Updated: March 14, 2013, 11:00 pm ET
NCAA officiating evaluation criteria
by Nicole Auerbach, USA TODAY Sports
In the words of NCAA coordinator of officials John Adams, how officials are evaluated and chosen to advance to later rounds in the NCAA tournament:
Mobility. We’re looking for guys that can keep up with the game.
Probably even more important than keeping up with the game is you’ve got to get the plays right. Every time they blow a whistle, we’re looking at them. We have an evaluator on site. I’m in a control room the first week in Atlanta watching all the games all at once, with ability to call producer to show me any call of any game at any time.
Being an adequate communicator. During the NCAA tournament, we stress to the officials we do not want prolonged conversations with coaches. It works two ways. We want the coaches to be able to coach, but we don’t want our officials to what I would call babysitting coaches throughout a tournament game. If a coach has a specific question and he’s entitled to an answer, we want it to be concise but get back to refereeing the basketball game.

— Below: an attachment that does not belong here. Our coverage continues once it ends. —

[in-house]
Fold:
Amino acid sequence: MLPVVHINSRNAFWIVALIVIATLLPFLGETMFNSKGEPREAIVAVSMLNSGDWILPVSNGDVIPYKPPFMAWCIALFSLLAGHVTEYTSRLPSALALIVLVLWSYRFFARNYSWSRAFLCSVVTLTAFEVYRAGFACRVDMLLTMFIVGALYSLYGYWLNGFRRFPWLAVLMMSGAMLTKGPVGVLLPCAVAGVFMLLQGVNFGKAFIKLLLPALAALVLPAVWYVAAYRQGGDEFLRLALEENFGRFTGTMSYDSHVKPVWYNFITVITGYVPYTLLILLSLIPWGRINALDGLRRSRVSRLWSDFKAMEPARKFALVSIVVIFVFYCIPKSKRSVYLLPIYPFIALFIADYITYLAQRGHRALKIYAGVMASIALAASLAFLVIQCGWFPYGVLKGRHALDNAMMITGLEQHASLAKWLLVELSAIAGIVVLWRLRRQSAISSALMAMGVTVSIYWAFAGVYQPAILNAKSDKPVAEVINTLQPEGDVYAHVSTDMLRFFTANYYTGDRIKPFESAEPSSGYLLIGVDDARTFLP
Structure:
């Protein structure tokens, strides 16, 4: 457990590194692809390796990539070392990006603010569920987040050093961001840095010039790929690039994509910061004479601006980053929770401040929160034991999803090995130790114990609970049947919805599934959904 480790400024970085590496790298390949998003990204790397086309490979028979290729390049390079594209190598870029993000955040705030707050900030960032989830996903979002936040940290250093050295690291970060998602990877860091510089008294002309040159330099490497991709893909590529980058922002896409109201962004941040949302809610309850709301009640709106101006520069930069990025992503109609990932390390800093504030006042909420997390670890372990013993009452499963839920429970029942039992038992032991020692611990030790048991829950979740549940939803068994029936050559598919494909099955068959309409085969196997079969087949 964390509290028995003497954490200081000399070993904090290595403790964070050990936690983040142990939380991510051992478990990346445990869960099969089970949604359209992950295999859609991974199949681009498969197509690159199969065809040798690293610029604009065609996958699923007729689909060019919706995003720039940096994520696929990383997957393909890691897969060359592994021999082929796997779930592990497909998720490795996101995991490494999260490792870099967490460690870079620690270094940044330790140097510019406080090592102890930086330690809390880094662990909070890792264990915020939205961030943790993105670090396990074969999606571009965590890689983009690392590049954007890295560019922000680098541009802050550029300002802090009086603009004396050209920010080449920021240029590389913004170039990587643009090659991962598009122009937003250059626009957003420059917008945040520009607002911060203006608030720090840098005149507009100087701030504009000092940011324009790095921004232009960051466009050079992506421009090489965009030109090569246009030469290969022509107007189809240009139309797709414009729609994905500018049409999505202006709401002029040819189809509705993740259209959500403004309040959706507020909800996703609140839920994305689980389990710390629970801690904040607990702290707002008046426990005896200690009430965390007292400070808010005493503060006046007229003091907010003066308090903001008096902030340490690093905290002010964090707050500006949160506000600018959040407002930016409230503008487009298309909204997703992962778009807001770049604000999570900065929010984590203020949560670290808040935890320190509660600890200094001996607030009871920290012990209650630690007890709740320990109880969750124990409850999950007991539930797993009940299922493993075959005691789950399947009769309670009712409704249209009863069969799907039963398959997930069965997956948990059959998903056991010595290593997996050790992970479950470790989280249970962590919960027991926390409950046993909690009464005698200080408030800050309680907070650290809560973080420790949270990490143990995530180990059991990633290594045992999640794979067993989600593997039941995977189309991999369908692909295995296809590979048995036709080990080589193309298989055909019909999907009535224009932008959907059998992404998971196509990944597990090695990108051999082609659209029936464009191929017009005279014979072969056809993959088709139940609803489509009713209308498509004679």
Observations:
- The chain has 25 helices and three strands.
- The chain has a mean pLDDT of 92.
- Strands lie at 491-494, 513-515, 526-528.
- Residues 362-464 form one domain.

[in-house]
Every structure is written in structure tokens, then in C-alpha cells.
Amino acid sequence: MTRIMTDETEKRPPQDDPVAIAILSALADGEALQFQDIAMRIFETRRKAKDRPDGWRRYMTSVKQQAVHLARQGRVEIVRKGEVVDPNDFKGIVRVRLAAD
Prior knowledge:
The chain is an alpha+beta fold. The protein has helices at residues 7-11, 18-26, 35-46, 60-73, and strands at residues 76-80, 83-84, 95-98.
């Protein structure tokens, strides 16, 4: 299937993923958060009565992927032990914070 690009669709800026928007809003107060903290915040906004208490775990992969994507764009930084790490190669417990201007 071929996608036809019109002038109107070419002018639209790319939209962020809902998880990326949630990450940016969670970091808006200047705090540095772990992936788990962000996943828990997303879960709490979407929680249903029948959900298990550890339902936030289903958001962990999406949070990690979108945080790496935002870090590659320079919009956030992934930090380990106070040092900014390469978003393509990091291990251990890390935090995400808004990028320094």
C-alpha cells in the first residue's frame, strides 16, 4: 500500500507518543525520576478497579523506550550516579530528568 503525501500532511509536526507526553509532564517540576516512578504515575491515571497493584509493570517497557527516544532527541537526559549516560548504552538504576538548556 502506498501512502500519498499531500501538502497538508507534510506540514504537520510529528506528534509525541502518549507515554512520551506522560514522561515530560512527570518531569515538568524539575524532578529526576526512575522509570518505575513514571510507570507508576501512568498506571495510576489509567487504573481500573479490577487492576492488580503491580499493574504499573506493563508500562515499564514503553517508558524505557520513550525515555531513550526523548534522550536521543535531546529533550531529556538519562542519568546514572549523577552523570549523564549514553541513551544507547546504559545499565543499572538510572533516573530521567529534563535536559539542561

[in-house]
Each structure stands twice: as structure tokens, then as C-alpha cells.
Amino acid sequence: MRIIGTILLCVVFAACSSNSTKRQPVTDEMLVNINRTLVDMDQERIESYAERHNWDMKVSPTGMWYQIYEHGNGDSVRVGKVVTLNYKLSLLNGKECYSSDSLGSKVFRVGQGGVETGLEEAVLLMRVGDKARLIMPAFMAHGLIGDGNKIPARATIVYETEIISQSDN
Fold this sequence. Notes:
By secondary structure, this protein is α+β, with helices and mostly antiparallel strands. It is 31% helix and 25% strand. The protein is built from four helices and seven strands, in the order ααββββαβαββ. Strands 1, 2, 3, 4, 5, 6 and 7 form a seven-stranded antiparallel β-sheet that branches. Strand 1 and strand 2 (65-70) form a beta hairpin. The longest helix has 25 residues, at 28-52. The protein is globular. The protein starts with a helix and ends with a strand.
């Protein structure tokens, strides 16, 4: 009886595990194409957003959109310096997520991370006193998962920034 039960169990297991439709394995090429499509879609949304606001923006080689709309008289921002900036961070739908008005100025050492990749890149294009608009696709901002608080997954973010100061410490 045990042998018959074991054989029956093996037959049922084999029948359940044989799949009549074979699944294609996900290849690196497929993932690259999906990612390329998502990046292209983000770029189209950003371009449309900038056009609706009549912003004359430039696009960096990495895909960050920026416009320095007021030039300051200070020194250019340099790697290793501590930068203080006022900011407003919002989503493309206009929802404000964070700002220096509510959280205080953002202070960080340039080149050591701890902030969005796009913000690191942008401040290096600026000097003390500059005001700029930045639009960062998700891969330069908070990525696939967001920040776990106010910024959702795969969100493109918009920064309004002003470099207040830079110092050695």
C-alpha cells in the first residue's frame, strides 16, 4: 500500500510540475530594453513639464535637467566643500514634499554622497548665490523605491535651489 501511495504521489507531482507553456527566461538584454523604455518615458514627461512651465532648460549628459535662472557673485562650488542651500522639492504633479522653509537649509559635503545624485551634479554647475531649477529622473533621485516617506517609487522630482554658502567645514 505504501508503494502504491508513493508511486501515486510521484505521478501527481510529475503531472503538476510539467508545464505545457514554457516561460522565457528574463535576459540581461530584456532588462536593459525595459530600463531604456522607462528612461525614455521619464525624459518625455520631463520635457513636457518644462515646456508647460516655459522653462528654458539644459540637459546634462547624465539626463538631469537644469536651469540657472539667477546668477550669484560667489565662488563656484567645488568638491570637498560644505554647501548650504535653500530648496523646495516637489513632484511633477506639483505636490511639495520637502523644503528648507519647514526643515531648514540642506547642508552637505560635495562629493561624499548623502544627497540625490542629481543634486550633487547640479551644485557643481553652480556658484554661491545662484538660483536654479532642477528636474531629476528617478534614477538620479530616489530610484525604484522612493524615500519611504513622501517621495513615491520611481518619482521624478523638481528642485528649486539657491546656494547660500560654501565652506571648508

Manage major moments. You get some obscure situation comes up, did the officials handle it properly? End of the game, a crucial call, did we get it right?
Four officials will work the two First Four games in Dayton. The other 96 officials selected to work the NCAA tournament will work the first weekend sites. Each site has one of Adams’ four regional advisors, who will grade each official on every call by noon the next day.
Seven officials are pre-assigned by the NCAA tournament to stay to officiate the second day of games (the round of 32). The six who perform best in their opening-round games will officiate, with the seventh referee being on standby.
After the first weekend of games, Adams and his regional advisors have a conference call discuss the performances of officials and choose referees for regionals by Monday afternoon, at which time they notify officials. The same process is duplicated a week later to pick Final Four officials.
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